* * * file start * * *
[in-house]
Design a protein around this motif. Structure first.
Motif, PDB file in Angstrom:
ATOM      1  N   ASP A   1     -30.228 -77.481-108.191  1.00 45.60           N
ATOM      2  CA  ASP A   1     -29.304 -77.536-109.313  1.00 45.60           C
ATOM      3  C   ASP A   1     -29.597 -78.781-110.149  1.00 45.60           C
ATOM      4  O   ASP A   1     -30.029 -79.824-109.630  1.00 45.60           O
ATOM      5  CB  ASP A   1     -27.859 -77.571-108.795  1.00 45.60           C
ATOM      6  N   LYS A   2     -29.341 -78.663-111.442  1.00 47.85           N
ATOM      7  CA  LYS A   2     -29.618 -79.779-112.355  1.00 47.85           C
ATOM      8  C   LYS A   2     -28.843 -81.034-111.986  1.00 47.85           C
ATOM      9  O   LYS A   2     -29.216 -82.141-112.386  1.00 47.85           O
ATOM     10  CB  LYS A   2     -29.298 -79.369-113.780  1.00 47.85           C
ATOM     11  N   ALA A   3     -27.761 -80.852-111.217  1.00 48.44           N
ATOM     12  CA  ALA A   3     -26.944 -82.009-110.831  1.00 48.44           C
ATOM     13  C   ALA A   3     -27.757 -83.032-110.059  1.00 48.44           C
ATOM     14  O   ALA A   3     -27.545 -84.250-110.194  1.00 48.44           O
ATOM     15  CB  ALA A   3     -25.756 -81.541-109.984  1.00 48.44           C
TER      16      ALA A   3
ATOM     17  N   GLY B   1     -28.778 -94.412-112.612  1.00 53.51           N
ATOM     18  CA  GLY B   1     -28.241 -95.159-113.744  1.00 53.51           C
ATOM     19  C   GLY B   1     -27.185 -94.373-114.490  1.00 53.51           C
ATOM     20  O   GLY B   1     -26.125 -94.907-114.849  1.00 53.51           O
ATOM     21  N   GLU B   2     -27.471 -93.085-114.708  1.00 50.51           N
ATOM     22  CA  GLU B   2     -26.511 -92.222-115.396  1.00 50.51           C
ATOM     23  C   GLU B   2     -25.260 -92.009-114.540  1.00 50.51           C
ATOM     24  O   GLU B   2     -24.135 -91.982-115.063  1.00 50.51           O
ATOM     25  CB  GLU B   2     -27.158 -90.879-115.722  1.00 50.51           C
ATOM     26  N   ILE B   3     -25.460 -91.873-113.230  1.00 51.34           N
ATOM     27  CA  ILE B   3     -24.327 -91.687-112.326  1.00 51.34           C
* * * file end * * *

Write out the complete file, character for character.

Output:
[in-house]
Design a protein around this motif. Structure first.
Motif, PDB file in Angstrom:
ATOM      1  N   ASP A   1     -30.228 -77.481-108.191  1.00 45.60           N
ATOM      2  CA  ASP A   1     -29.304 -77.536-109.313  1.00 45.60           C
ATOM      3  C   ASP A   1     -29.597 -78.781-110.149  1.00 45.60           C
ATOM      4  O   ASP A   1     -30.029 -79.824-109.630  1.00 45.60           O
ATOM      5  CB  ASP A   1     -27.859 -77.571-108.795  1.00 45.60           C
ATOM      6  N   LYS A   2     -29.341 -78.663-111.442  1.00 47.85           N
ATOM      7  CA  LYS A   2     -29.618 -79.779-112.355  1.00 47.85           C
ATOM      8  C   LYS A   2     -28.843 -81.034-111.986  1.00 47.85           C
ATOM      9  O   LYS A   2     -29.216 -82.141-112.386  1.00 47.85           O
ATOM     10  CB  LYS A   2     -29.298 -79.369-113.780  1.00 47.85           C
ATOM     11  N   ALA A   3     -27.761 -80.852-111.217  1.00 48.44           N
ATOM     12  CA  ALA A   3     -26.944 -82.009-110.831  1.00 48.44           C
ATOM     13  C   ALA A   3     -27.757 -83.032-110.059  1.00 48.44           C
ATOM     14  O   ALA A   3     -27.545 -84.250-110.194  1.00 48.44           O
ATOM     15  CB  ALA A   3     -25.756 -81.541-109.984  1.00 48.44           C
TER      16      ALA A   3
ATOM     17  N   GLY B   1     -28.778 -94.412-112.612  1.00 53.51           N
ATOM     18  CA  GLY B   1     -28.241 -95.159-113.744  1.00 53.51           C
ATOM     19  C   GLY B   1     -27.185 -94.373-114.490  1.00 53.51           C
ATOM     20  O   GLY B   1     -26.125 -94.907-114.849  1.00 53.51           O
ATOM     21  N   GLU B   2     -27.471 -93.085-114.708  1.00 50.51           N
ATOM     22  CA  GLU B   2     -26.511 -92.222-115.396  1.00 50.51           C
ATOM     23  C   GLU B   2     -25.260 -92.009-114.540  1.00 50.51           C
ATOM     24  O   GLU B   2     -24.135 -91.982-115.063  1.00 50.51           O
ATOM     25  CB  GLU B   2     -27.158 -90.879-115.722  1.00 50.51           C
ATOM     26  N   ILE B   3     -25.460 -91.873-113.230  1.00 51.34           N
ATOM     27  CA  ILE B   3     -24.327 -91.687-112.326  1.00 51.34           C